While the Assassin left to sneak into the hostel, Christoffa and Luis prepared for their departure at the Venetian harbor. As expected, Ezio returned with the atlas after escaping a pursuit by Borgia soldiers through the catacombs and streets of Venice. Although some parts of the atlas were indeed lost in the attack, they were able to retain the most significant maps—those drawn by the famed Turkish cartographer Piri Reis. While Christoffa momentarily left to check on the ships, Ezio advised Luis that he and Christoffa should bring their own protection the next time they come to Italy, to which Luis explained that their failure to do so owed to the Assassins of Spain being wiped out by the Spanish Inquisition, a remark that would prompt Ezio to venture to Aragon to save these Assassin on his own initiative. It was then that Christoffa returned to notify Luis that their ship was waiting on them to depart, and the two set sail back to Spain.[1]

Delayed by the Granada War

Luis: "Christoffa, don't be foolish. We're close!"
Christoffa: "We've been close for too long, Luis. It's now or never."
Luis: "Damn him. It's too soon to go begging for money from a war weary monarch."
—Luis failing to dissuade Christoffa from his rashness, 1491[src]

In Spain, Christoffa resumed his protracted negotiations with Castile in the hope that they would at some point finally concede to his requests for funds. Nevertheless, the prospect of such a sponsorship was kept perpetually on hold while Castile remained embroiled in their war against the Emirate of Granada, the last Moorish state in Iberia. With their treasury tied up in such a conflict, their was little cause for Queen Isabella to invest in a risky expedition.[1]

Unbeknownst to Christoffa, this setback was orchestrated by the Templars themselves, who had one of their spies routinely provide false counsel to Emir Muhammad XII of Granada to dissuade him from surrender. By deliberately prolonging the war, they hoped to exhaust Castile's treasury and delay Christoffa's voyage, having failed to kill him, providing them with opportunity to journey to the Americas and dominate the continent before its existence became common European knowledge.[1]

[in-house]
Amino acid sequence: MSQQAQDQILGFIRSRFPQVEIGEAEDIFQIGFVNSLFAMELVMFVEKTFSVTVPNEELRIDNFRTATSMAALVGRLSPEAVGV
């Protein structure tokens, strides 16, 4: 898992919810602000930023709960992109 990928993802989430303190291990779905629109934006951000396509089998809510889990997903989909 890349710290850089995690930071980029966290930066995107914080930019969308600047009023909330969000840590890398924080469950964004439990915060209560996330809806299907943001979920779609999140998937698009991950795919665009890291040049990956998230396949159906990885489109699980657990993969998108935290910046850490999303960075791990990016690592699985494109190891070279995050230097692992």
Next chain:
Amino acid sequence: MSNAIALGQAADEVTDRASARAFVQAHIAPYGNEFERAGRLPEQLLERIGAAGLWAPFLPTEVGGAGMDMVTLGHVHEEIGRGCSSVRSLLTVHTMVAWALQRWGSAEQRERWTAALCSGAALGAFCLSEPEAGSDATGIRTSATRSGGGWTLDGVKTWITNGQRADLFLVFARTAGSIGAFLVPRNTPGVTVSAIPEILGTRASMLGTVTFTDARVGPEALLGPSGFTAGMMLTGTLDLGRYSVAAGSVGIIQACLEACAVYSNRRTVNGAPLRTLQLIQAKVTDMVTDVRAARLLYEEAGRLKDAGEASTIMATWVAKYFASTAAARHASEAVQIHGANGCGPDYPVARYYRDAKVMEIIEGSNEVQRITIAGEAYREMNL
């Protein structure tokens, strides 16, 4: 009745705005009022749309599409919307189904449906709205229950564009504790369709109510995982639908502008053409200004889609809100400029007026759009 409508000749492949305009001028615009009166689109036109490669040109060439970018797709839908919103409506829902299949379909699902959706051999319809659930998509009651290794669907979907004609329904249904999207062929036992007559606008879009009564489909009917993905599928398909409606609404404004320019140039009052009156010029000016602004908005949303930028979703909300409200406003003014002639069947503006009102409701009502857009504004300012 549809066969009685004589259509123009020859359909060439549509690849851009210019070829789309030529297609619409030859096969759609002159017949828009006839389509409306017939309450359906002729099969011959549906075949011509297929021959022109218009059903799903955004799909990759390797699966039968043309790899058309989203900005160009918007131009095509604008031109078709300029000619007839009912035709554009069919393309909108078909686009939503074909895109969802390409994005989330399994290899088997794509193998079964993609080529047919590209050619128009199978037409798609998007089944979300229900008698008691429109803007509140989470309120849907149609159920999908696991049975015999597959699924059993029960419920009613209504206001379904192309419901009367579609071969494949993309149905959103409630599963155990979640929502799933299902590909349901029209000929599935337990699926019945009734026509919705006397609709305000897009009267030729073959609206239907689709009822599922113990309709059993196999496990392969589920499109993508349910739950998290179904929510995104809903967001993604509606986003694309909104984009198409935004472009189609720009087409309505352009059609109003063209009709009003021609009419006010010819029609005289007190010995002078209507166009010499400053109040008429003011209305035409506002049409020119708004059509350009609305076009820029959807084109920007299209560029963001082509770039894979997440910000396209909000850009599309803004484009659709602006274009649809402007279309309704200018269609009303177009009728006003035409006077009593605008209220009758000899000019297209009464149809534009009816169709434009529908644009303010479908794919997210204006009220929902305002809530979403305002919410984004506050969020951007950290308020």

Thanks to the intervention of Ezio, however, the Templar plot was ended, with the Assassin freeing Muhammad XII from Templar captivity after they took him hostage in retaliation for their spy's assassination and convincing the emir to at last abdicate the throne. Christoffa was present in Granada itself as it fell to the Spanish forces, meeting with Ezio, Luis, and their friend Raphael Sánchez just as Spanish soldiers entered the city. Despite how little time had passed since the surrender of the city, Christoffa immediately set out to urge Queen Isabella to lend him the funds for his voyage. Luis protested, reminding him that with this victory, they only needed to wait a little while for Castile's finances to recover, notwithstanding that Isabella was at that moment preoccupied with negotiating peace terms with the Emir.[1]

Sponsorship by Castile

Raphael: "Soon we will be praising you, my friend. For all the wonders you will find and report to the world."
Luis: "But let all rejoicing wait until we have seen your crosstrees dip below the horizon."
―Raphael and Luis after Queen Isabella concedes her support, 1492[src]

Just as Luis warned, Christoffa was rebuffed by Queen Isabella. Depressed, in January 1492 shortly after the formal end to the war, he became an easy target for yet another Templar trap: this time using a fraudulent offer of sponsorship by King Louis XII of France as bait. Christoffa set off on the road to France alone without informing his Assassin friends; in his frustration, he blamed them in part for his misfortunes and resolved to cease dealing with them.[1]